IHS COVID-19 resource hub: These web pages are part of IHS’ effort to try and contribute to helping countries in the South by sharing information, experiences, and knowledge on Covid-19. In addition,  the Head of Education, Dr. Jan Fransen has recently joined the Rotterdam City Council and Erasmus University taskforce: ‘Learning and Transforming’. The aim of the taskforce is to improve the ability of Rotterdam to resist a next phase of the pandemic, recover more quickly and upscale and mainstream lessons learned and innovations.


Researchers of the African Studies Centre Leiden and members of their Community have started to write blogs about the spread of COVID-19 through Africa, and the impact of the pandemic.

The INCLUDE knowledge platform has a dedicated COVID-19 web-page to share knowledge on how the coronavirus pandemic and related interventions are likely to affect development programmes and the livelihoods of people in Africa.


ITC is working on the acquisition, processing, analysis, modeling and presentation of spatial information for a number of application themes, including spatial and environmental health. In relation to the COVID-19 pandemic ITC has worked with (among others) the World Health Organization in compiling and analyzing data and information to better visualize spatial distribution of the virus, and in modeling the effect of measures taken. This is done to support better and better informed decision making.

1. Modelling approaches – World Health Organization
Contact: Raul Zurita Milla

A dashboard is developed that provides a global overview of the number of COVID-19 cases including confirmed, dead and recovered cases (if the data is available) for each individual country. The dashboard is made interactive to allow for comparison of data and curves for different countries. Different modeling approaches are compared to provide predictive models for the spread of the disease and to develop scenarios that visualize the effect of counter measures that have been taken in different countries (such as the lock-down scenario as introduced  in the Netherlands).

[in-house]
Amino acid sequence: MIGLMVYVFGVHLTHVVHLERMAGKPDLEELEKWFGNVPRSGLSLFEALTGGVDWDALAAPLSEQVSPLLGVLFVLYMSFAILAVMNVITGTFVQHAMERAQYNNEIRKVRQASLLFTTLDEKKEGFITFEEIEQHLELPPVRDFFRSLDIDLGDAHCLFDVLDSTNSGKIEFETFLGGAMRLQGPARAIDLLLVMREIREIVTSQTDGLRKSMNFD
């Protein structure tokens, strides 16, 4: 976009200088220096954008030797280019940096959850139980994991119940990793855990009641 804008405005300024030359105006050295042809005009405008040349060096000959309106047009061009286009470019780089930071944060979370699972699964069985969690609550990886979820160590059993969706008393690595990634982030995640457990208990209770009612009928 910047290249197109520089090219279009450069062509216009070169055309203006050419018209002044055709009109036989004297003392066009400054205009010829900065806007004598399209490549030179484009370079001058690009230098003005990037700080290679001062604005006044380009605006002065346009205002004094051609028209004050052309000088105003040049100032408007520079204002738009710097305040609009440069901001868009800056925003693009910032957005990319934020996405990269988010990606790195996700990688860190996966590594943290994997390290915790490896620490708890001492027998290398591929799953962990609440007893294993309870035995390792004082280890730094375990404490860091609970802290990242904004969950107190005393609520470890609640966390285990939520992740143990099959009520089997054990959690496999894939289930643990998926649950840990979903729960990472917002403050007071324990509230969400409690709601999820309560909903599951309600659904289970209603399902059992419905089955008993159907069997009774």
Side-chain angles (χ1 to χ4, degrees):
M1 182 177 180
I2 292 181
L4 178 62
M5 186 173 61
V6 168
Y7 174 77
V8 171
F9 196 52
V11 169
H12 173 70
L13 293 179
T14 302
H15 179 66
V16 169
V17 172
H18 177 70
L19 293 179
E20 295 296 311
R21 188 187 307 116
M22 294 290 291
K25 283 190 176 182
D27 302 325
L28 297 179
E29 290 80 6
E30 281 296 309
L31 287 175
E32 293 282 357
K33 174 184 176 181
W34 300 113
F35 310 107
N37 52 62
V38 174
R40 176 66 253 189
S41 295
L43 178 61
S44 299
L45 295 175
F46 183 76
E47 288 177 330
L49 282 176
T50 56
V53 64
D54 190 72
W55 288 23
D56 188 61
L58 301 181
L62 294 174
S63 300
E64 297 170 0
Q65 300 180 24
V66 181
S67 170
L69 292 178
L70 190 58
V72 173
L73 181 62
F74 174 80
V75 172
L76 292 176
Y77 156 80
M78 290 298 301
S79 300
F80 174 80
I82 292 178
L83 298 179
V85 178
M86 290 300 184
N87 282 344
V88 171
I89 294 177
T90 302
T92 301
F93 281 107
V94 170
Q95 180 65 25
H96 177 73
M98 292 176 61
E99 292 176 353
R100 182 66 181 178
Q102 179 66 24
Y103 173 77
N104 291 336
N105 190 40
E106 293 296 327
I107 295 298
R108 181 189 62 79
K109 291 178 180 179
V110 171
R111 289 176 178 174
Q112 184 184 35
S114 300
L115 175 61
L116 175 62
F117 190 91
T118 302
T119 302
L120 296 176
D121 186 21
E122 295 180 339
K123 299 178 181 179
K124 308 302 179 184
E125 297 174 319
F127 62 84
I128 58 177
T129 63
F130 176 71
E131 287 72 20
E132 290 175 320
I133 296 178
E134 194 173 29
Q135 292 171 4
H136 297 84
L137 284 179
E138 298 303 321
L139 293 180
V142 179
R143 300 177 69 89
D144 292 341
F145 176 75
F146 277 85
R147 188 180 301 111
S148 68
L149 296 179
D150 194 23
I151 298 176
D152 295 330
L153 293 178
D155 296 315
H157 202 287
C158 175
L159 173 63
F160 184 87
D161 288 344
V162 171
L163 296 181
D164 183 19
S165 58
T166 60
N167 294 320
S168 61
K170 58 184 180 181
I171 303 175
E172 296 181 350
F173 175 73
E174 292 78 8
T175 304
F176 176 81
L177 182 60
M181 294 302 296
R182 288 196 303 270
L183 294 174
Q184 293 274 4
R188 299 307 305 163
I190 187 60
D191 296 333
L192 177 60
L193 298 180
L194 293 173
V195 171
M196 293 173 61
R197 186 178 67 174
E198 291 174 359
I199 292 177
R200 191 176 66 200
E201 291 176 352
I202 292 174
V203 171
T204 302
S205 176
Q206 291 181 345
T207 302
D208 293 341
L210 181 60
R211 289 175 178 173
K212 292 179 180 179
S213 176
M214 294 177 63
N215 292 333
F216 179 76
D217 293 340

This is part of more structural collaboration of ITC with the WHO Regional Office for the Eastern Mediterranean (WHO-EMRO) based in Cairo, Egypt.

2. COVID-19 – modelling approaches
Contacts: Shaheen Abdulkareem, Raul Zurita Milla, Tatiana Filatova, Ellen-Wien Augustijn

A presentation on the above collaboration with WHO-EMRO and the comparison and evaluation of modelling approaches has recently been made during the International Conference on Computer Science and Software Engineering (CSASE 2020). This conference was organized by the University of Duhok in Iraq.

3. Investigating the environment drivers and confounders of the COVID19 epidemic in Southern Africa European & Developing Countries Clinical Trials Partnership
Contact: Alfred Stein

With a number of (predominantly) South African institutions and lead by the Council for Scientific and Industrial Research (CSIR, Pretoria), the project initiates a study on environmental variables that play a role in the spread and mortality rate of infectious diseases. The consortium serves as a reference panel on environmental matters in respect of the local COVID19 epidemic. The project aims to ensure that the best expertise and information is managed and applied efficiently and in a carefully coordinated manner. The results of the project will help to do predictive modeling of the outbreak and the way in which it spreads. The project outputs will also help to validate models of COVID-19 health risks.

4. Risk and Vulnerability to COVID-19 infection in the Netherlands
Anna Ennin; Surakshya Dhakal; Omer Faruk Khan; Xiaoyu Sun; Zijing Wu (Students M-GEO)
Contact: Sherif Amer

ITC students have made an analysis of risk and vulnerability to COVID-19 infection in the Netherlands. They have developed a spatial model and a vulnerability index to determine the distribution of infections across the country (by municipality) and how this developed over time. The study was based on publicly available data from RIVM, CBS, the Ministry of Health, Welfare and Sport, and hospital websites.

Image by Gerd Altman from Pixabay